Election night in WBN Towers went something along the lines of: watch rolling news in a vaguely obsessive compulsive manner, order pizza, discover that said pizza wasn’t as good as it used to be and thus blame David Cameron for affecting crust quality already, rubbish the exit poll (no one exit-polled us. In fact no one has exit polled me ever), drink wine, feel amused at the army of young people lifting ballot boxes in Sunderland (“Child labour up North – they better get used to it”), drink more wine, talk a lot about voting problems – and which polling station in Lewisham it had been that continued voting until 10.30, feel pain when the Conservatives make their first significant gains, WHERE ARE THE RESULTS?, shout loudly when Tooting stayed Red, generally be a little bit confused, drink more wine, indulge in calculations about seats needed, concede we might have been a bit wrong re: exit poll, feel sad for Dr Evan Harris (in twisty, turvy nature of fate someone who’d been MP for everyone sat in the room at various points during the previous decade), still be confused, fall asleep for twenty minutes somewhere around 5.00am, wake up with head in sofa cushion and discover am even more confused, swap wine for water, what – Lewisham have only just started counting?, like Caroline Lucas lots, conclude that we’re not the only ones who are confused as Nick Clegg retains his seat, COFFEE. And – er, who’s in charge exactly?
Along with what I suspect is every playwright in the country Charlie and I immediately wanted to write a play about the events (we’re now expanding to a six part television series). But the need to do contracted work that didn’t have anything to do with the election and sleep and whatnot filled up the next 24 hours. So I was rather excited (and impressed) that supporting wall had gathered together five hardy writers and (possibly) a copious supply of pro-plus, locked them in a room at 10.00pm on 6th May and made them write a short play in reaction to election day. Then merely one day later staged them. Things like this make me punch the air in delight – not only are they a little bit insane in the amount of work (and lack of sleep) that has to go into them but they demonstrate exactly how theatre can react to the world around it.
As Producers Ben Monks and Will Young (no, not that Will Young) noted the writers weren’t reacting so much to a result as to a question. And I was interested with what answers (or not) the five writers would dream up.
But…erm, it quickly became apparent that (on the whole) the writers weren’t reacting to election night (as the publicity suggested) as much as they were reacting to the election campaign (or, in one case, a rather generic election night). Which is all well and good, and in another type of evening, I’d have been very much up for a bit of campaign gazing. But I was expecting quick fire responses to what was becoming apparent was the most dramatically interesting election night of my lifetime. I couldn’t help but feel that aside from a couple of references (hello, Nigel Farrage) there was no reason at least three of the plays couldn’t have been written at a more leisurely pace (with all the tightening and editing that would have allowed).
The stand out piece – that had me from the moment its premise was announced if I’m honest (a group of prisoners watch election night on television) – was Anders Lustgarten’s Bang Up. Not only did it have a genuinely provocative premise (Prisoners can’t vote after all) it also had something which, I hate to say, was missing – or unintelligible – from the other plays: a politically beating heart. Which is before I get to the part about it being genuinely funny – so much so that I found myself writing down lines (“You winning Sunderland is like getting an STI at a Stag Party. Unfortunate but not exactly unexpected”. “I don’t understand how you’re a Conservative” “Why?” “You’re black and a criminal”. “We need change. Yes, that’s right – change is what we’ll be living on for the next five years under you”). As with any hastily written play there were problems (the ending jarred) but I hope Lustgarten continues with this piece – I’d certainly pay to see its final outcome.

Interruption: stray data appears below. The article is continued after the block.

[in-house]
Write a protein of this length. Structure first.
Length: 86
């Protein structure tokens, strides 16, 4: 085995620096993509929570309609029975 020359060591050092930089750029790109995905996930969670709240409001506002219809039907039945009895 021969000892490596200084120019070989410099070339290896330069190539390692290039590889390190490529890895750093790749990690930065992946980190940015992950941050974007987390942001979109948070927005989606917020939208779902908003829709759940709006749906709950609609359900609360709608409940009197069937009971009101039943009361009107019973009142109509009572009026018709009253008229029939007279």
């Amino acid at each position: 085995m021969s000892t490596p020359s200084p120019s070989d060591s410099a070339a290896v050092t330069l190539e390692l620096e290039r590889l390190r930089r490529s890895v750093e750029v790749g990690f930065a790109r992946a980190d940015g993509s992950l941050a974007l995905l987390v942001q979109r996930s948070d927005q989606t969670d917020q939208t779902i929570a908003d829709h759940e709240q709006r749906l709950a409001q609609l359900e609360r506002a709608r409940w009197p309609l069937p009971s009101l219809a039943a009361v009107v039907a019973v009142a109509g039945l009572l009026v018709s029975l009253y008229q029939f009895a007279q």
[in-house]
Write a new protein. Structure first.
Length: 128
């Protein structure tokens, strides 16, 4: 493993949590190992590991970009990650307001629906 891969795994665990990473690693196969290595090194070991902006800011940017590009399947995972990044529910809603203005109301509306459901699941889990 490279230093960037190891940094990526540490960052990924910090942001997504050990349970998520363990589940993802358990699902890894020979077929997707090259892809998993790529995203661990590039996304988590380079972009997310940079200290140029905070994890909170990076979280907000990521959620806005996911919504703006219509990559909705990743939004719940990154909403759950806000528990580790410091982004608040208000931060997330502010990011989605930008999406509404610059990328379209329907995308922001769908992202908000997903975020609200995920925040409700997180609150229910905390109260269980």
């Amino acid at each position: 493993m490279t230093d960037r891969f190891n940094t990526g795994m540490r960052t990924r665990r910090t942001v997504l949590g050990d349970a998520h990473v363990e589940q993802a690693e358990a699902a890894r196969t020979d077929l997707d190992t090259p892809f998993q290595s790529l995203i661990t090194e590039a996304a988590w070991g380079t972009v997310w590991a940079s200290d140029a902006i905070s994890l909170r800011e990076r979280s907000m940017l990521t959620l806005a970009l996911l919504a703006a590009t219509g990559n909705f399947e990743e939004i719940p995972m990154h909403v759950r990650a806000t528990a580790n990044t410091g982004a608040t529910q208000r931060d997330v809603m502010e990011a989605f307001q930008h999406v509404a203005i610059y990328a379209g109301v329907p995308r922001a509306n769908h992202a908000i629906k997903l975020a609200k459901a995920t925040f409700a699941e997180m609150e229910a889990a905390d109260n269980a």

In some respects the evening felt like a homage to other playwrights (Rex Obano gave us vintage Harold Pinter, Che Walker channelled Caryl Churchill’s Far Away and Phil Wilmot even went as far subtitling his play After Uncle Vanya). What I didn’t get was five distinctive voices (though there were five distinctive styles) on the events of May 6th 2010. And – schooled as I am by the Goldsmiths method – there was a definite lack of basic research going on (I know, I know, but pro-plus, coffee and a quick google about how PPCs are chosen wouldn’t have hurt). And, erm, other than actual politicians, no one does The Thick of It as well as The Thick of It so – stay away.
When I discovered that the writers had to deliver scripts by 3.00pm on Friday I wondered if the timings had led to some of the problems. My experience of the election night (if we take out the wine) would mainly have been characterised by mild terror, mild (blind) hope and confusion. To react to election night, really, you couldn’t have started to write until morning because the story took so long to play out. Did that impact? What parameters were given to the writers? And, out of interest, how politically engaged (or disengaged) did the writers consider themselves to be?
I’d like to think I’m fairly aware of the compromises that have to be made by shows written and produced in such a short space of time (both as a Writer and as a Producer) and my expectations (and enthusiasm) were for these reasons rather than against them. I guess – I wanted more. I wanted aspirations and anger and fire and triumph and loss and hope and – well, everything election night 2010 felt like to me.